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Keyword: risk management

Strategic wildfire risk: Aligning wildfire response actions with land and resource planning

Projects Posted on: February 13, 2019
Large wildfires are inherently more complex; often affecting multiple jurisdictions and requiring a balance of strategic long-term planning and nimble tactical solutions to meet dynamic conditions on the ground. With this increase in complexity comes increased uncertainty.

Real-time identification of wildfire responder hazards and operational engagement opportunities

Projects Posted on: February 13, 2019
The increasing complexity of the wildfire management environment has also created challenges for managing the exposure of wildfire responders to operational hazards. Firefighting is an inherently high-risk occupation and the fire environment is fraught with hazards that consistently cause injuries and fatalities each year. While some number of these hazards can be mitigated with improved safety equipment, communications, and safety protocols once responders are deployed. It is up to the fire command staff to determine, where and under what conditions the risk/benefit trade off of deploying boots on the ground makes sense.

Facilitating pre-season planning to identify control opportunities and high priority areas

Projects Posted on: February 13, 2019
District and Forest Fire staff recently met with local cooperators and resource specialists to develop maps of potential control lines that they could use while managing a fire. Maps of control lines and potential operational delineations (PODs) are being developed for the entire Forest with the assistance of researchers from USFS Rocky Mountain Research Station and the Colorado Forest Restoration Institute.

Wildfire response performance measurement: Current and future directions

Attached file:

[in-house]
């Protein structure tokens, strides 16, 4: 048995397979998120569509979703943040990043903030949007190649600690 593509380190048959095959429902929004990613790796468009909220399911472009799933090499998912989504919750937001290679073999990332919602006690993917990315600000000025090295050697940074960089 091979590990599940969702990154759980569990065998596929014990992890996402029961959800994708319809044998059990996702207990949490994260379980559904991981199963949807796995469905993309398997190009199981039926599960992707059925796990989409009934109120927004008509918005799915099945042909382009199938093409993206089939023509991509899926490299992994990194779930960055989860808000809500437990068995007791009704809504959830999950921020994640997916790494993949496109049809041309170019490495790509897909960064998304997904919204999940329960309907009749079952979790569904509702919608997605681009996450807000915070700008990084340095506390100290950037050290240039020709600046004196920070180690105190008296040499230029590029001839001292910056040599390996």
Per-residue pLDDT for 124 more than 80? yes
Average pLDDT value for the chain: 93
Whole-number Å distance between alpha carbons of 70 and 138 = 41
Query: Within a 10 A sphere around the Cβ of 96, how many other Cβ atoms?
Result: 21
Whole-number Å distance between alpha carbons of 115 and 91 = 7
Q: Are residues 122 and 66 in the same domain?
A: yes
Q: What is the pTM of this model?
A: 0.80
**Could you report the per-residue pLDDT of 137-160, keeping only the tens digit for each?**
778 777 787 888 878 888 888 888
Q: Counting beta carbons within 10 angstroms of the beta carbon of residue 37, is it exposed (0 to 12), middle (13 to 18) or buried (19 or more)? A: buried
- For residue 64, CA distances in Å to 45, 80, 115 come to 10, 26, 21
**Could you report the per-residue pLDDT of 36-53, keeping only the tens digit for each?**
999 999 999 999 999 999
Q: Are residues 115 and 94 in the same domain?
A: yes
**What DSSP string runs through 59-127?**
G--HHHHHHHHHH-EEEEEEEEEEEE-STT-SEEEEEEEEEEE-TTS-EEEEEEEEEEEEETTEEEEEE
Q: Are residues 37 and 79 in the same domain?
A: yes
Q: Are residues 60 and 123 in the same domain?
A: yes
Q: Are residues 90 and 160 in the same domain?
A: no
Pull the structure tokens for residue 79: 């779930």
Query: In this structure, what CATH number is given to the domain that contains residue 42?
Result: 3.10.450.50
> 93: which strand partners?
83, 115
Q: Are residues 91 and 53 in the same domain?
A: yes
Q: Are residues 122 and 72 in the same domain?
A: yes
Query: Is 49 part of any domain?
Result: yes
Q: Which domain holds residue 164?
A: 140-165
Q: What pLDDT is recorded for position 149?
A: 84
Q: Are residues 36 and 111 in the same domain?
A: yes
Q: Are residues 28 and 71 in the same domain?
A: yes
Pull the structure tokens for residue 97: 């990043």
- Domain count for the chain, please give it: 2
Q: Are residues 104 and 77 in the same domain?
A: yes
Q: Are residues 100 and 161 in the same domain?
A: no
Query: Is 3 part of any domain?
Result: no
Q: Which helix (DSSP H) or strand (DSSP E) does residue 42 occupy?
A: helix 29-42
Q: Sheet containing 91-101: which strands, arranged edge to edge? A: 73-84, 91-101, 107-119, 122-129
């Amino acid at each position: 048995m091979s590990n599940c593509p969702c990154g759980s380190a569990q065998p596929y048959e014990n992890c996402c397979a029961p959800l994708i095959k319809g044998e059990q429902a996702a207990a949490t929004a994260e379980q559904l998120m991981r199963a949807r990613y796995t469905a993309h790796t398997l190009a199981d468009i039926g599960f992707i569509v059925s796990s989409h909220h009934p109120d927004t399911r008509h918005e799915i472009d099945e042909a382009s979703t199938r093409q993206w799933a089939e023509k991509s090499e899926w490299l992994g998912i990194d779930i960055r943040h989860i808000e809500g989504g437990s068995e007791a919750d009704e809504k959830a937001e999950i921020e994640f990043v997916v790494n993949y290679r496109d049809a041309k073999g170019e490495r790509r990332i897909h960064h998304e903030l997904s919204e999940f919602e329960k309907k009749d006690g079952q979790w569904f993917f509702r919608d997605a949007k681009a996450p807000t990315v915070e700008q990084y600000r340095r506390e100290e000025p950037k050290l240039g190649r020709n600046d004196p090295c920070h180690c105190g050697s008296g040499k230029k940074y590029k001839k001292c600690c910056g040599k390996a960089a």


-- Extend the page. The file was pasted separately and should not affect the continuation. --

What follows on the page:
Publications Posted on: July 23, 2018
The Forest Service, U.S. Department of Agriculture, defines success in the wildland fire response environment as ìsafely achieving reasonable objectives with the least firefighter exposure necessary while enhancing stakeholder support for our management effortsî. However, persistent information and knowledge gaps challenge the agencyís ability to measure success in coming fire seasons.

Rethinking the wildland fire management system

Publications Posted on: July 23, 2018
In the western United States and elsewhere, the need to change society’s relationship with wildfire is well-recognized. Suppressing fewer fires in fire-prone systems is promoted to escape existing feedback loops that lead to ever worsening conditions and increasing risks to responders and communities.

A framework for developing safe and effective large-fire response in a new fire management paradigm

Publications Posted on: October 03, 2017
The impacts of wildfires have increased in recent decades because of historical forest and fire management, a rapidly changing climate, and an increasingly populated wildland urban interface. This increasingly complex fire environment highlights the importance of developing robust tools to support risk-informed decision making.

Risk and uncertainty in decision making

Projects Posted on: June 02, 2016
Although wildfires are inevitable, the destruction of homes, ecosystems, and lives is not. How can land management agencies, first responders, and affected communities who face the inevitability of wildfires reduce the potential for loss? Decision science and risk management are key principles in the effort to lower wildfire risks. In concert with the spatial risk assessment framework, the Wildfire Risk Management Team is exploring how principles of risk management, and resiliency and structured decision making can be applied to improve the effectiveness and safety of fire management.

Systems thinking and wildland fire management

Projects Posted on: June 02, 2016
Wildfire management involves significant complexity and uncertainty, requiring simultaneous consideration of multiple, non-commensurate objectives. There needs to exist a systems-level understanding of the fire management systems. The Wildfire Risk Management Team is examining the biases in perceiving and managing risk, and in particular how fire managers jointly consider wildfire probability contours, suppression strategy likelihood of success, and values at risk.

Effectiveness of suppression resource utilization

Projects Posted on: June 02, 2016
The Wildfire Risk Management Team is developing and applying empirically driven models of firefighting resource effectiveness considering resource type, mission objective, and incident characteristics to improve the efficiency of wildfire management. The team surveyed federal fire managers, operations personnel, and line officers responsible for ordering suppression resources to characterize ordering patterns and perceptions related to resource importance, scarcity, and substitutability. With this survey, researchers explore how the results affect tradeoff analyses, operational efficiency, and risk management practices in federal fire management.

Uncertainty is information, too

Publications Posted on: May 11, 2016